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Anthropogenic radionuclides in atmospheric air over Switzerland during the last few decades


The atmospheric nuclear testing in the 1950s and early 1960s and the burn-up of the SNAP-9A satellite led to large injections of radionuclides into the stratosphere. It is generally accepted that current levels of plutonium and caesium radionuclides in the stratosphere are negligible. Here we show that those radionuclides are present in the stratosphere at higher levels than in the troposphere. The lower content in the troposphere reveals that dry and wet deposition efficiently removes radionuclides within a period of a few weeks to months. Since the stratosphere is thermally stratified and separated from the troposphere by the tropopause, radioactive aerosols remain longer. We estimate a mean residence time for plutonium and caesium radionuclides in the stratosphere of 2.5–5 years. Our results also reveal that strong volcanic eruptions like Eyjafjallajökull in 2010 have an important role in redistributing anthropogenic radionuclides from the stratosphere to the troposphere.


Anthropogenic radionuclides have been injected into the atmosphere by nuclear weapon tests (NWT) in the fifties, sixties and seventies, the burn-up of the SNAP-9A satellite1, and accidents in nuclear power plants such as Chernobyl (1986) and Fukushima (2011). Radioactive debris became rapidly attached to ambient aerosol particles, which determined the mechanisms governing their atmospheric transport. In the troposphere, dry and wet deposition removes most contaminants within a few weeks to months. In the stratosphere, mean residence time for radioactive debris is longer due to the thermal stratification and separation from the troposphere by the tropopause and the smaller size distribution of the aerosols2. It is generally accepted that the current level of plutonium (Pu) in the stratosphere is negligible and that the tropospheric level is mainly controlled by resuspension of Pu-bearing particles deposited on land3,4,5,6,7,8,9.

There are, however, limited available data on radionuclide transport and distribution in the stratosphere, the size distribution of the radioactive particles and its interaction with natural aerosols. Most information comes from early studies in the sixties and seventies on anthropogenic radionuclides in the atmosphere10,11,12,13,14,15,16,17,18. In these studies, tropospheric and stratospheric aerosols were sampled with the aid of aircraft and balloons. Because of the significant decrease in the atmospheric level of most radionuclides, as a consequence of the introduction of the Nuclear Test Ban Treaty (NTBT) in 1963, most laboratories abandoned stratospheric surveillance in the early eighties. The collected radionuclide data were nonetheless very useful for investigating atmospheric processes19. Results show that the transfer of radioactive debris from the stratosphere to the troposphere takes place mainly at the tropopause breaks, with a maximum in spring and a minimum in autumn13,16,20.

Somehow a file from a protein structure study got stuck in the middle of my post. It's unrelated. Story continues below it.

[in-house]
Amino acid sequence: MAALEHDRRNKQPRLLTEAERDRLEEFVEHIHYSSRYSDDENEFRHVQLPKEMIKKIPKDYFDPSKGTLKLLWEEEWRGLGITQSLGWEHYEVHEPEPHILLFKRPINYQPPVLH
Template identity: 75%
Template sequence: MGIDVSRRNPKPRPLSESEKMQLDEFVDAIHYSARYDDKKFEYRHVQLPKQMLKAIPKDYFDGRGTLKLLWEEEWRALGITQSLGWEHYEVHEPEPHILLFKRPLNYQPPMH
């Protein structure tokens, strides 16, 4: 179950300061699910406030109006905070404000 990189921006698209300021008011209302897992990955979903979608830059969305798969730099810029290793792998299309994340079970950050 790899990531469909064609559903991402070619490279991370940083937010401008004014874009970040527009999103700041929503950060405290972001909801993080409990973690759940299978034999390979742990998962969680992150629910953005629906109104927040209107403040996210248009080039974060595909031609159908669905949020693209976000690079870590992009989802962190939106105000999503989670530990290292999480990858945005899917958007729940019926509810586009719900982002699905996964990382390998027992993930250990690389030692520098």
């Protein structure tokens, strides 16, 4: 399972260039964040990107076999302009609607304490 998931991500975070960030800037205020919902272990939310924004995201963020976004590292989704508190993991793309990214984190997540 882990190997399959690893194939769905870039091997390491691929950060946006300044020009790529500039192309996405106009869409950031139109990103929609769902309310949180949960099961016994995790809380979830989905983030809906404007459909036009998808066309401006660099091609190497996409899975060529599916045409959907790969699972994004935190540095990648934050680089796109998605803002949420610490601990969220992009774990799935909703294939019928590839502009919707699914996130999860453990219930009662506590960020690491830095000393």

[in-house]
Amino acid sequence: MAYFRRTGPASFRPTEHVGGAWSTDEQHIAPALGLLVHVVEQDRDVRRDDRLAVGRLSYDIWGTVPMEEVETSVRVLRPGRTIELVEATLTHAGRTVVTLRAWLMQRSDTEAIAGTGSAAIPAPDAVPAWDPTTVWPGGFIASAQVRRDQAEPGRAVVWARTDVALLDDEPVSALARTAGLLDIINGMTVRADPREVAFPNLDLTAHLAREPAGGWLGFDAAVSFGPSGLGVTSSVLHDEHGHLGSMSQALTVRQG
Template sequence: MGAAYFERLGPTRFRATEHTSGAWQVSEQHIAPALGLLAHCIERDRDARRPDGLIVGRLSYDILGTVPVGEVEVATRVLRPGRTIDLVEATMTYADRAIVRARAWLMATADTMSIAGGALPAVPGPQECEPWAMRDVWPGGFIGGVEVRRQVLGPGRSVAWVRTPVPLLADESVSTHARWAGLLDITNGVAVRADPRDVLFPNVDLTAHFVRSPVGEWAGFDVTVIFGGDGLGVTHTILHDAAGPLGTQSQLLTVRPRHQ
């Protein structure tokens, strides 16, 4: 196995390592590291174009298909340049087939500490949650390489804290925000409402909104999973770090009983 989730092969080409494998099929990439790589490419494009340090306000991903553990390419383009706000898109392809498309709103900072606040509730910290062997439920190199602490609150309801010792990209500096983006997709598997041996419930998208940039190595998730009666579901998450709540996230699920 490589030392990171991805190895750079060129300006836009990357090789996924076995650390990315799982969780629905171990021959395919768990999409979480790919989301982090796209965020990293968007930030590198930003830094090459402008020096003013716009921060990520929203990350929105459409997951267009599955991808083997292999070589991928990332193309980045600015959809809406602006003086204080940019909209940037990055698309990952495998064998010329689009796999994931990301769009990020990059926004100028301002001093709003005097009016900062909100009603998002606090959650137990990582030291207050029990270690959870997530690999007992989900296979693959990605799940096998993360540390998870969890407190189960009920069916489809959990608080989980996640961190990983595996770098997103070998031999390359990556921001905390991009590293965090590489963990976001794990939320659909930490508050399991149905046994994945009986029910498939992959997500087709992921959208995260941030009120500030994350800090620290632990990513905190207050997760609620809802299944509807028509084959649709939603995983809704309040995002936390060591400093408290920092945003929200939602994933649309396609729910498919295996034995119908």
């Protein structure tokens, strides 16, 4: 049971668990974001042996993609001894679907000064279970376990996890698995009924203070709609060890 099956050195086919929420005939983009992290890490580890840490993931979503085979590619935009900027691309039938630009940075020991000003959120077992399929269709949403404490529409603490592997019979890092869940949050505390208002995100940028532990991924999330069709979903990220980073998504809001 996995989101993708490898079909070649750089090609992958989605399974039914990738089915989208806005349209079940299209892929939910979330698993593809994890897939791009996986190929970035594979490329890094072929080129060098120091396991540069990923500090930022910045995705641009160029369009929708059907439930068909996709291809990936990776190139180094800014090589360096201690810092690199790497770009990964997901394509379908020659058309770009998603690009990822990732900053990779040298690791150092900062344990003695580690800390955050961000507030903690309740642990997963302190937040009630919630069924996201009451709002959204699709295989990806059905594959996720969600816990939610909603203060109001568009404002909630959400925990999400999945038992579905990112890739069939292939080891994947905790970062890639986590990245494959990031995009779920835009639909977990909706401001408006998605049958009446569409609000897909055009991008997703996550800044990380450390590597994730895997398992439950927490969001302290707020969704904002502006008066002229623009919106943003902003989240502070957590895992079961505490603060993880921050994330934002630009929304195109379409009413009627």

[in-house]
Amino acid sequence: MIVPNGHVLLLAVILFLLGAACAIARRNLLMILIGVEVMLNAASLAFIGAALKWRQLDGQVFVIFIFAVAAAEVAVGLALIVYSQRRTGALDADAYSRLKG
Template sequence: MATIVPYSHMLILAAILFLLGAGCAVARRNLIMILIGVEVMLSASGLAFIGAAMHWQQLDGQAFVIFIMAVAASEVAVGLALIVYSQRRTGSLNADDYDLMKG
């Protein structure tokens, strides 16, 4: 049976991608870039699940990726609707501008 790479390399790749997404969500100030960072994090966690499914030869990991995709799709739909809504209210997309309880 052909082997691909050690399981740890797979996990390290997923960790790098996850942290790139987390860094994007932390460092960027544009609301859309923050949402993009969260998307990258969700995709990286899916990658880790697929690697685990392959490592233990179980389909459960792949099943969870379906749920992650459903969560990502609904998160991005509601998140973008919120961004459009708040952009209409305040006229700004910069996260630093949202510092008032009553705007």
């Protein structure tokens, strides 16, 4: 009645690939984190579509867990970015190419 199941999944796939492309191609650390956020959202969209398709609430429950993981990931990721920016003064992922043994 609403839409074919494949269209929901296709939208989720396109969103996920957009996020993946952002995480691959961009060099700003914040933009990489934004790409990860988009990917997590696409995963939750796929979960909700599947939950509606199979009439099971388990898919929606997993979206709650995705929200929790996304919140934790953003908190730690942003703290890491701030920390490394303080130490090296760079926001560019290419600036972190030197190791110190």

Radioactive particles in the size range of 1–10 μm settle rapidly out of the stratosphere with mean residence times of the order of weeks to months2,12,21. However, the bulk of stratospheric radioactivity was associated with particles below a few tenths of a micrometre in radius (<0.1 μm) and persisted in the stratosphere for years2,20. Radioactive particles with radius below 0.02 μm were typically found above 27 km, and particles of larger radius were found between the tropopause and 21 km. Mean residence times of the order of 1–4 years were reported for radioactive particle aerosols in the stratosphere2,13,15,16,20. These estimations were based on the rates of change of the stratospheric burden over short timescales (2–4 years), and numerous important factors/parameters were not taken into account. We could mention, for example, transport processes in the stratosphere (for example, horizontal mixing, interhemispheric transfer), the longer residence times for small particles (older tail of a residence time distribution) and the effect of stratospheric mixing of debris from different NWTs.